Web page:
Announcement

Collapse
No announcement yet.

Wiper motor help

Collapse
X
 
  • Filter
  • Time
  • Show
Clear All
new posts

  • StudeRich
    replied
    Looks like we are mixing up the Few 6 Volt Cars that have Redmond Wiper Motors, with the more commonly owned 12 Volt ones, Apples to Oranges!

    Leave a comment:


  • gjamesk
    replied
    Originally posted by StudeRich View Post
    David (altair), good "how it works" wiper motor description.

    However on Studebaker .Wiper Systems, all Electric ones are TWO Speed, early ones have 3 wires, later ones have 4.
    But if the 3 wire type have single speed Motors, there would have to be a reducing resister to slow it to Low Speed.
    The problem is, I don't remember ever seeing one on a Stude. The Switches only have a Circuit Breaker, no Resister like on Instruments, Heater and Defroster Switches.

    I am pretty sure they ALL are 2 Speed Motors.
    My '52 Commander has single speed wipers, with only two wires to the motor from the switch. This is confirmed on the wiring diagram, shown at the top, left of center. The switch has one wire in and two out.
    https://www.studebakerparts.com/stud...es/52-wire.jpg

    Leave a comment:


  • altair
    replied
    On my 54 it is only a single speed, run and park, there are three wires, supply, run and park through a circuit breaker.
    I also hav6 a two speed switch with four wires, supply, low, high and park, the terminals are stamped with B, F, P and A. B is battery, F is fast, P is park A is ????

    I n SI catalog there is a different switch part number for Redmond, Bosch and Autolite motors.
    To note the switch for the Redmond motor is $31 less than the Bosch and $18 less than the Autolite, The price difference could infer that it is only a single speed, however there are no specs displayed. The switch I have is only a single speed and the motor is a Redmond, the only ident on the switch is Aetna-Pollok Boston.

    I purchased a NOS two speed switch from SI in its original box part number 311467 however it is for an Autolite motor and is not compatible with the Redmond single speed motor. The two speed Bosch and Autolite switches are of a much higher quality than the Redmond single speed this may also be added justification for the lower cost. The maker is Little fuse Inc., Des Plaines USA.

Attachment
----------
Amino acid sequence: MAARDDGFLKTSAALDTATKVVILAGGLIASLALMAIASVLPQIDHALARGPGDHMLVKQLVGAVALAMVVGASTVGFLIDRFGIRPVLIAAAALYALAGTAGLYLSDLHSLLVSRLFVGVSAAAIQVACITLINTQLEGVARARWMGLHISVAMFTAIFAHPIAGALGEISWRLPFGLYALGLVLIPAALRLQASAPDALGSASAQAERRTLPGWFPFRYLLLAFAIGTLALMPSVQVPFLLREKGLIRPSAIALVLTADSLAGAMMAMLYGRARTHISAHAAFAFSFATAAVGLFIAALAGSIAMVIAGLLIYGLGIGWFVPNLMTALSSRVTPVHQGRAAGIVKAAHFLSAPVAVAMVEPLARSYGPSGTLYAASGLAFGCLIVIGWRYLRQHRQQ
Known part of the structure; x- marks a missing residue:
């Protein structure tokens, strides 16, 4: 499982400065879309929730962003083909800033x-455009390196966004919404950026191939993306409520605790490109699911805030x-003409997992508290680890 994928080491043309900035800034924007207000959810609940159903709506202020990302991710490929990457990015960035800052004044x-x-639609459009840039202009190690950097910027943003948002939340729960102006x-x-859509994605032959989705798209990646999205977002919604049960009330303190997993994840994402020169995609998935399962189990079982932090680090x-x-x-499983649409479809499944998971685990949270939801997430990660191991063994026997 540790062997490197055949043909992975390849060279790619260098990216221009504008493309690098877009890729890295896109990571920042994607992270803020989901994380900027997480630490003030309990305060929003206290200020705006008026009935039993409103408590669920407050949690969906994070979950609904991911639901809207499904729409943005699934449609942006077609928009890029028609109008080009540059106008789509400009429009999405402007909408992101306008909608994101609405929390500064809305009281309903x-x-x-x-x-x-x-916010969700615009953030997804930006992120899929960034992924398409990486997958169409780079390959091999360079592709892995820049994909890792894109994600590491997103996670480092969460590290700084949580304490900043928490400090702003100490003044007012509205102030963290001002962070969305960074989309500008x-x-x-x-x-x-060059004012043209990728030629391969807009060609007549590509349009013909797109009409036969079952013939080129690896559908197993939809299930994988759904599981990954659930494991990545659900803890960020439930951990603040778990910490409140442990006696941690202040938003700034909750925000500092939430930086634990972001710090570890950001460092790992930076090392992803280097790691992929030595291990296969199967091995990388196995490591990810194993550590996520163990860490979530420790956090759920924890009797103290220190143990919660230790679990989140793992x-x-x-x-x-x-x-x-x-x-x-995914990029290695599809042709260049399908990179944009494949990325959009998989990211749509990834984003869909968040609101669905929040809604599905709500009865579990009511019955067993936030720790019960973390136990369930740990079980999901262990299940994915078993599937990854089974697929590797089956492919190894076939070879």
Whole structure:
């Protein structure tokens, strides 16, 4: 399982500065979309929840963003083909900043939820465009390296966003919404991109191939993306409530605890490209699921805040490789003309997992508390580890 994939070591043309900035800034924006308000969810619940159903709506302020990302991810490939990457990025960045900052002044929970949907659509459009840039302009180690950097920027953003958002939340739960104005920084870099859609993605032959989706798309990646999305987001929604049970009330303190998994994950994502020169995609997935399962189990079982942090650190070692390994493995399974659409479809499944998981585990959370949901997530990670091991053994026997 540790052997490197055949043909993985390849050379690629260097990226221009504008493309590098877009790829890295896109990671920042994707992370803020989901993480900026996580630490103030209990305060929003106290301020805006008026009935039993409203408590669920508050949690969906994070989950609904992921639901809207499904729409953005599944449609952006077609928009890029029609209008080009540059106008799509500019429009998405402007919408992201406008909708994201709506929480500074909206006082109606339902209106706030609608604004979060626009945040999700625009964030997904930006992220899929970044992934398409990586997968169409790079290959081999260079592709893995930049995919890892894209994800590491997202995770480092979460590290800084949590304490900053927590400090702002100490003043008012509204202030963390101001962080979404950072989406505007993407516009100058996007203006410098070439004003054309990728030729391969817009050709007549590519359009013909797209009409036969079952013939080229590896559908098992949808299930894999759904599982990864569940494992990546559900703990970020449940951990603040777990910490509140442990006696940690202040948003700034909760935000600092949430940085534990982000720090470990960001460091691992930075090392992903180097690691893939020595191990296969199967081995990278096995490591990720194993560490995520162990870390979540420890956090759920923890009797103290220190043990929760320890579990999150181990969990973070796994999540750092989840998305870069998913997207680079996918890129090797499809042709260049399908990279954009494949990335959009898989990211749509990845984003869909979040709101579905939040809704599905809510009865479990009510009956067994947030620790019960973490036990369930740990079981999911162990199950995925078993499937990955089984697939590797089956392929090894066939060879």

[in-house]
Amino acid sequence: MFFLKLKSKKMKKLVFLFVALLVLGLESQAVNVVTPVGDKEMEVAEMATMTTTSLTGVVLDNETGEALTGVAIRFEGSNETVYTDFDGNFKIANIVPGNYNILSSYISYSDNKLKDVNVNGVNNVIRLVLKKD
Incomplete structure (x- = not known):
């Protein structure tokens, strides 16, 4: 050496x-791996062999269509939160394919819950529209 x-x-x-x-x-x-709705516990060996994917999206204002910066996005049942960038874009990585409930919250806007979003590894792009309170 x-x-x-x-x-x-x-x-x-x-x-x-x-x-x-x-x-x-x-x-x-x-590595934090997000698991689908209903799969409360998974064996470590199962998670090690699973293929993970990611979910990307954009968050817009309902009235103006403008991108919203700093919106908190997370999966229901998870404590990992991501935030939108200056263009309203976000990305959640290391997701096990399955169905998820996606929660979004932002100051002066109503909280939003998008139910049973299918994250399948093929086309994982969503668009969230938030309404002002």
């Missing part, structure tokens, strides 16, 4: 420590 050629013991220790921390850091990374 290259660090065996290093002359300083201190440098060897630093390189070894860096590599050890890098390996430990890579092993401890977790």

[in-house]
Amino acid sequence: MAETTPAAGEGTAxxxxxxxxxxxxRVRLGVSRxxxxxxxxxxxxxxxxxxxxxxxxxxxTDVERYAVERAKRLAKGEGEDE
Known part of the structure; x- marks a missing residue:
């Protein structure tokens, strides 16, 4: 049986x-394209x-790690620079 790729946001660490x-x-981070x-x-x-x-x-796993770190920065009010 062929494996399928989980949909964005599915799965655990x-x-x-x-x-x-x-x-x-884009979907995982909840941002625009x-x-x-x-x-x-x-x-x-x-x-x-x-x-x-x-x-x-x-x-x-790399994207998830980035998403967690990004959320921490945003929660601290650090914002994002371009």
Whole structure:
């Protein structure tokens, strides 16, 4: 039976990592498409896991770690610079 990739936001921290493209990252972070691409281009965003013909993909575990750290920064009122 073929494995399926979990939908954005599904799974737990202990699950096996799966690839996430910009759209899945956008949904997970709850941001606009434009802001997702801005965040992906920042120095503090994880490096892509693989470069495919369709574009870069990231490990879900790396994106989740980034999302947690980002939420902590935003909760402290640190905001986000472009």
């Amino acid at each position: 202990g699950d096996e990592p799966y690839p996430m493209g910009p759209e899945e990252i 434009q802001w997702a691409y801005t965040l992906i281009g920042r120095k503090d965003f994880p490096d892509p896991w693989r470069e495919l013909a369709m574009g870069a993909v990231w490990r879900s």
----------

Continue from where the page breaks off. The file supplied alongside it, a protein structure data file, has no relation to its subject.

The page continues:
Leave a comment:


  • StudeRich
    replied
    David (altair), good "how it works" wiper motor description.

    However on Studebaker .Wiper Systems, all Electric ones are TWO Speed, early ones have 3 wires, later ones have 4.
    But if the 3 wire type have single speed Motors, there would have to be a reducing resister to slow it to Low Speed.
    The problem is, I don't remember ever seeing one on a Stude. The Switches only have a Circuit Breaker, no Resister like on Instruments, Heater and Defroster Switches.

    I am pretty sure they ALL are 2 Speed Motors.

    Leave a comment:


  • altair
    replied
    There are two speed and single speed switches and motors they are not interchangeable. A single speed motor must have a single speed switch and a two speed motor must have a two speed switch.
    With a two speed motor and switch there is a supply wire, high speed, low speed and park total of four wires, with a single speed there are only three wires, supply, on and park. The park is actually a live circuit until the cam opens the ground and stops the motor. The cam is prepositioned to stop the motor near the bottom of the windshield, there is however an adjustment to fine tune the stopping position.

    Leave a comment:


  • tsenecal
    replied
    The page that DwayneG. posted has a very good test procedure. I saved it for future reference.

    Leave a comment:


  • altair
    replied
    I would think that any wiper motor switch with three wires that one would be for high speed, one for low speed and the third would be the park circuit. The park circuit could turn from a slight amount to one revolution and stop. I don't think connecting all three would be correct. The switch is a three position switch, one position for each operation. Off is actually a live circuit until the cam comes around and opens the ground to stop the motor.

    Leave a comment:


  • jg61hawk
    replied
    http://mystudebaker.com/electric/stu...related-parts/

    Leave a comment:


  • Dwain G.
    replied
    Give this a try.........click on it to enlarge

    Click image for larger version  Name:	wiper.test.jpg Views:	0 Size:	78.2 KB ID:	1904512 Click image for larger version  Name:	Baker.City.truck 002.JPG Views:	0 Size:	117.5 KB ID:	1904513

    Site was giving me a bunch of crap...kept saying I needed to load at least one photo......so I did!


    Leave a comment:


  • Jeffry Cassel
    replied
    You need to send it off to be repaired or try to find a replacement. There is a short in it

    Leave a comment:


  • Olivergarage1
    started a topic Electrical: Wiper motor help

    Wiper motor help

    Currently trying to restore the wiper motor on the 57 silver Hawk I a restoring. When I attempt a bench test I connect the case to a negative ground, when I touch the yellow and green wires to the positive the resistor gets very hot only after a few seconds. (smokes). Hard to imagine that this is normal. The motor does turn. Can this be normal? Any help or ideas appreciated, Thanks in advance.
Working...
X